Q. I’m 33 and have two jobs with a combined salary around $130,000.
I have an investment property doing quite nicely and valued at $635,000. I’ve just purchased a property for $651,000 and rent it out for $750 a week. I have $18,000 sitting in an offset account.
While these two investments are fine, I struck trouble with my shares in the GFC due to a regrettable margin loan and have not been able to work my way out of it.
I have a $130,000 loan against my parent’s house (a GFC bailout), a margin loan of $116,000 (the shares are worth $100,000 and dad’s CBA shares are security) and have almost $1 million borrowed against the properties.
I’m trying to attack the margin lending first as that attracts the highest rate and sell shares if possible. The shares are Atlas, QBE, Hillgrove Resources, RNI and Nkwe Platinum in order of value. – Brent
A. Hi Brent. Well, you have had an eventful few years. Atlas Iron is a good example of the drama your investments have given you.
The share price hit around $4 in 2011 as demand from China drove iron ore prices to very high levels. Atlas has a high cost of production, close to $66 a tonne. With iron ore below $50, every tonne Atlas produces costs it money.
As I write, its shares are suspended, last trading at 12 cents. So even if you wanted to sell today you could not and, anyway, I doubt it would help a lot.
Given this kind of drama, a margin loan of $116,000 secured against your shares and your dad’s CBA shares, along with a mum-and-dad loan of $130,000 secured by their house, to say I am perplexed as to why you would buy another property for $651,000 is an understatement. I think the best thing I can do here is to start with the big picture.
The good news is that your debts should be pretty much covered by your assets. Your total debts are in the order of $1.25 million, assuming the property loans are $1 million. You have $180,00 in cash.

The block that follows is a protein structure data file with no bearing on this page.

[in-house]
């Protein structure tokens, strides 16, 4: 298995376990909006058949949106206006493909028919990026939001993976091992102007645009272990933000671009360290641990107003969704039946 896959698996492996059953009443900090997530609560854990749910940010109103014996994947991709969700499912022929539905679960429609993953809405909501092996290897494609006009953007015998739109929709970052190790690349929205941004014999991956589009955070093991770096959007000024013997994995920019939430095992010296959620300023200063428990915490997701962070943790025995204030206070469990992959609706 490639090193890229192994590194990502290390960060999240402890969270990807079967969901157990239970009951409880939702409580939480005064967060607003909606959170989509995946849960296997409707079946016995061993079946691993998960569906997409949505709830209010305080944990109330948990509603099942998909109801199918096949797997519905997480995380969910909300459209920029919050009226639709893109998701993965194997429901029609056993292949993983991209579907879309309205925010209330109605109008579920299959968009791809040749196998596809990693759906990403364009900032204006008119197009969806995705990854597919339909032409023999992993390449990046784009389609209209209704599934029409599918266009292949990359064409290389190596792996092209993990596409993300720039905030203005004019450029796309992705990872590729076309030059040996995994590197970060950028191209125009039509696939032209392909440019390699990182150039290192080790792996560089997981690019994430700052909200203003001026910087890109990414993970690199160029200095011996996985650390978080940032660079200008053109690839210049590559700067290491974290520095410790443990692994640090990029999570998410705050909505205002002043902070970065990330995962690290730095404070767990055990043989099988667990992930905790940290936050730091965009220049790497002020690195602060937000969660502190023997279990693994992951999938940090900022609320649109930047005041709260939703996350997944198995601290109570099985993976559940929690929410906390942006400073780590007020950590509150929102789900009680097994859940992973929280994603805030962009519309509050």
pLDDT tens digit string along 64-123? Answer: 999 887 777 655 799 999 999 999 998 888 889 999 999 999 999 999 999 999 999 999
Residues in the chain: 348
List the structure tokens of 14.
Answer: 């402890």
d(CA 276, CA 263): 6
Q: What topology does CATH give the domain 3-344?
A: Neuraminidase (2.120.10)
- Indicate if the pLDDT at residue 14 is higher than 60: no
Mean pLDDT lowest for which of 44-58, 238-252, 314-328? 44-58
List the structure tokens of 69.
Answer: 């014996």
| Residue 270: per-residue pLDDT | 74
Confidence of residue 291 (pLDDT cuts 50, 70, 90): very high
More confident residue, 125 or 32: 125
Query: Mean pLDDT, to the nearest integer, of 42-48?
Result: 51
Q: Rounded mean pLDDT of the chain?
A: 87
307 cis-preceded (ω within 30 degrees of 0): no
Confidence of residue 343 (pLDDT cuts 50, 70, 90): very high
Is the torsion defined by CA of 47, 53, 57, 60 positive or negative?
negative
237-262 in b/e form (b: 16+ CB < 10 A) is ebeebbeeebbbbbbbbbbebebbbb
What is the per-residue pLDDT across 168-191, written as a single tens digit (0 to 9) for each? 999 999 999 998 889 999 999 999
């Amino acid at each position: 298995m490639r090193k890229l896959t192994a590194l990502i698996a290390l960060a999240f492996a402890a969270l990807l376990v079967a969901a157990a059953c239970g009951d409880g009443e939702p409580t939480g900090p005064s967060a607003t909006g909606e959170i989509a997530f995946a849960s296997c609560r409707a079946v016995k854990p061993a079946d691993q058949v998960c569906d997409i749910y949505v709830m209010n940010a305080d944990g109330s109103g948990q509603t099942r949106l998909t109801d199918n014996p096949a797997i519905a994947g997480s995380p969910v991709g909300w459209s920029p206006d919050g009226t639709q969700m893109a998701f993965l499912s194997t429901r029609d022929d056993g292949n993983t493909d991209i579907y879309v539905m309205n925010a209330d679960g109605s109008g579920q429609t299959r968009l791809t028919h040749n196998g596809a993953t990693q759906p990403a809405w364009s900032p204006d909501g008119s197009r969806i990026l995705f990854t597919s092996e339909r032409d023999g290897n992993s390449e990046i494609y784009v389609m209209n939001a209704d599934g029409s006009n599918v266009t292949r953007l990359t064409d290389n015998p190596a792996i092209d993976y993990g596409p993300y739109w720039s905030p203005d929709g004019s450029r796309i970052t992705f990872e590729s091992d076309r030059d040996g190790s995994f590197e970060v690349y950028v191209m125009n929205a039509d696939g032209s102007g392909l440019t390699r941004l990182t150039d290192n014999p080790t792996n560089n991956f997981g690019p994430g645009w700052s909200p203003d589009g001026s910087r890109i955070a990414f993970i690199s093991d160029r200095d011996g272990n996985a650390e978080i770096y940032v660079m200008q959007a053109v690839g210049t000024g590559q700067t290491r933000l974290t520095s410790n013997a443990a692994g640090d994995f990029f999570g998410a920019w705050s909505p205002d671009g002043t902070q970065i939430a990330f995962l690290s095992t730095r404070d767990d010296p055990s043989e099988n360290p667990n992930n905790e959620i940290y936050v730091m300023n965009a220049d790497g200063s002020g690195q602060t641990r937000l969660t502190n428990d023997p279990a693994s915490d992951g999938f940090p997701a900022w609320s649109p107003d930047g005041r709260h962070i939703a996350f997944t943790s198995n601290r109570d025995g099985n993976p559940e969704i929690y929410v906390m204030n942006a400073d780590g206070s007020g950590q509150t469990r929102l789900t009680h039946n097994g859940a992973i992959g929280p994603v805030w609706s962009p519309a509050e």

The two properties, plus your much depleted share portfolio, are worth some $1.38 million, so providing these are saleable at the prices you give, you have equity of over $100,000. This is your balance sheet and thankfully it is in the black.
The other important issue is your cash flow. Here I think things are pretty good. Your new property produces $750 in rent. The first is worth a little less so I am going to take a stab at $700 a week. The shares, apart from QBE, will produce no dividends worth noting.
I imagine your margin loan is around 8%, so let’s say this means repaying $9000 a year. Your $1 million on property is at 4.63%, so $46,300. Total interest payable is $55,300. But your rent, before property expenses, is $75,400.
So you have a $20,000 surplus of income over interest expenses. I imagine it would cost you about that to run the two properties so realistically I think that they will run at close to break-even. Thank heavens, then, that you have two jobs paying $130,000. This should clear $93,000 after tax.
So on paper, all is OK. You have assets worth more than your debts and you have good positive cash flow. But you are in a position of high risk. If you lost a tenant, interest rates went up or property values fell, you would really be in strife. The question is where to from here?
In your shoes, I would be thinking along these lines. If the properties are well located and attractive to renters, in a climate of falling interest rates I would hang in there. I’d stay variable and I would be expecting to pay under 4% on my mortgage later in 2015.
But if I am not going to sell a property, I would have to reduce risk.
So I’d sell the shares and pay down my margin loan. I would then take surplus income from my work and clear the loan. I would then pay back my parents. Once that was done, I would add to my savings to build a cash buffer to protect myself against the risks in the property market.
So your position is manageable. But I think you are at real risk if anything goes wrong. This could be not only a vacant property, it could be losing a job or getting ill.
So you need to lower risk. If I was in your situation, I’d sell either the shares at a loss or a property.